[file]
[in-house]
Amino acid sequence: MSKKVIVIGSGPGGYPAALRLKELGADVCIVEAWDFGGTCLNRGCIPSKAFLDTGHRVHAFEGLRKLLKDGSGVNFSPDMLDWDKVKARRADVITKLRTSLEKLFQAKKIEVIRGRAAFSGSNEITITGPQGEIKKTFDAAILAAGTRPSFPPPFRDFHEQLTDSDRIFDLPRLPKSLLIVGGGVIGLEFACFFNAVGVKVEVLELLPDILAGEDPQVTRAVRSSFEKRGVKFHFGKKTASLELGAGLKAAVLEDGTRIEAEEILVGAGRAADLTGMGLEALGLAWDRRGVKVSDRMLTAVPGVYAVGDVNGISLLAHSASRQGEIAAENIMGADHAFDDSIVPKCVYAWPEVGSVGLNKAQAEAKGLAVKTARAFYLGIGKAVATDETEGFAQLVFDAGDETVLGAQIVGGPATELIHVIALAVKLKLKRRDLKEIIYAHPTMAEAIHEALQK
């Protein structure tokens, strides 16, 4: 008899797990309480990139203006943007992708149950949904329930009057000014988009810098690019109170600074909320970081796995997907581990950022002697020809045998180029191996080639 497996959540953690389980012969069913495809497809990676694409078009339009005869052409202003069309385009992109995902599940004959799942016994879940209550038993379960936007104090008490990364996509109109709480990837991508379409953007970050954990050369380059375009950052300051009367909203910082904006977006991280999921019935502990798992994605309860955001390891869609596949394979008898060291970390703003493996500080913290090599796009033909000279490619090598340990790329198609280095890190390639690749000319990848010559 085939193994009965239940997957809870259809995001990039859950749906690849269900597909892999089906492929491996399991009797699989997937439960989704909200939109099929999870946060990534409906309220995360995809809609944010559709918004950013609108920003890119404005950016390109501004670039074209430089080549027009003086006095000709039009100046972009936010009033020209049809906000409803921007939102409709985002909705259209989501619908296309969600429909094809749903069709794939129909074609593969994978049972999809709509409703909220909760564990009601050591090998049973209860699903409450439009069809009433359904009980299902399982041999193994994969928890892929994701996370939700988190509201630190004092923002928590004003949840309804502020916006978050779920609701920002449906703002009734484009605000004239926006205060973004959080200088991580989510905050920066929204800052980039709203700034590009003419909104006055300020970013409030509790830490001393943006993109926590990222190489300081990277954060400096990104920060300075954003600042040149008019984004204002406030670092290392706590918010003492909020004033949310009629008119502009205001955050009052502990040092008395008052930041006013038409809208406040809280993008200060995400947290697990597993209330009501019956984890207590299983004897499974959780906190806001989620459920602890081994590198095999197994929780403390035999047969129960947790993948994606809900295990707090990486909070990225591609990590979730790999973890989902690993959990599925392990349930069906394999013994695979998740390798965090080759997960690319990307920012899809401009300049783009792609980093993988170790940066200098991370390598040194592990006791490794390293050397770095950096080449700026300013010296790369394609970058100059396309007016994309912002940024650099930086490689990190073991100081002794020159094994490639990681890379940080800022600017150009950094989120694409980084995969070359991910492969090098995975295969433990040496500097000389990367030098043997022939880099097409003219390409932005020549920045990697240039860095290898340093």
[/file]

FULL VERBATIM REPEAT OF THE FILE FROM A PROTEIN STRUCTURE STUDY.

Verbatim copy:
[in-house]
Amino acid sequence: MSKKVIVIGSGPGGYPAALRLKELGADVCIVEAWDFGGTCLNRGCIPSKAFLDTGHRVHAFEGLRKLLKDGSGVNFSPDMLDWDKVKARRADVITKLRTSLEKLFQAKKIEVIRGRAAFSGSNEITITGPQGEIKKTFDAAILAAGTRPSFPPPFRDFHEQLTDSDRIFDLPRLPKSLLIVGGGVIGLEFACFFNAVGVKVEVLELLPDILAGEDPQVTRAVRSSFEKRGVKFHFGKKTASLELGAGLKAAVLEDGTRIEAEEILVGAGRAADLTGMGLEALGLAWDRRGVKVSDRMLTAVPGVYAVGDVNGISLLAHSASRQGEIAAENIMGADHAFDDSIVPKCVYAWPEVGSVGLNKAQAEAKGLAVKTARAFYLGIGKAVATDETEGFAQLVFDAGDETVLGAQIVGGPATELIHVIALAVKLKLKRRDLKEIIYAHPTMAEAIHEALQK
């Protein structure tokens, strides 16, 4: 008899797990309480990139203006943007992708149950949904329930009057000014988009810098690019109170600074909320970081796995997907581990950022002697020809045998180029191996080639 497996959540953690389980012969069913495809497809990676694409078009339009005869052409202003069309385009992109995902599940004959799942016994879940209550038993379960936007104090008490990364996509109109709480990837991508379409953007970050954990050369380059375009950052300051009367909203910082904006977006991280999921019935502990798992994605309860955001390891869609596949394979008898060291970390703003493996500080913290090599796009033909000279490619090598340990790329198609280095890190390639690749000319990848010559 085939193994009965239940997957809870259809995001990039859950749906690849269900597909892999089906492929491996399991009797699989997937439960989704909200939109099929999870946060990534409906309220995360995809809609944010559709918004950013609108920003890119404005950016390109501004670039074209430089080549027009003086006095000709039009100046972009936010009033020209049809906000409803921007939102409709985002909705259209989501619908296309969600429909094809749903069709794939129909074609593969994978049972999809709509409703909220909760564990009601050591090998049973209860699903409450439009069809009433359904009980299902399982041999193994994969928890892929994701996370939700988190509201630190004092923002928590004003949840309804502020916006978050779920609701920002449906703002009734484009605000004239926006205060973004959080200088991580989510905050920066929204800052980039709203700034590009003419909104006055300020970013409030509790830490001393943006993109926590990222190489300081990277954060400096990104920060300075954003600042040149008019984004204002406030670092290392706590918010003492909020004033949310009629008119502009205001955050009052502990040092008395008052930041006013038409809208406040809280993008200060995400947290697990597993209330009501019956984890207590299983004897499974959780906190806001989620459920602890081994590198095999197994929780403390035999047969129960947790993948994606809900295990707090990486909070990225591609990590979730790999973890989902690993959990599925392990349930069906394999013994695979998740390798965090080759997960690319990307920012899809401009300049783009792609980093993988170790940066200098991370390598040194592990006791490794390293050397770095950096080449700026300013010296790369394609970058100059396309007016994309912002940024650099930086490689990190073991100081002794020159094994490639990681890379940080800022600017150009950094989120694409980084995969070359991910492969090098995975295969433990040496500097000389990367030098043997022939880099097409003219390409932005020549920045990697240039860095290898340093």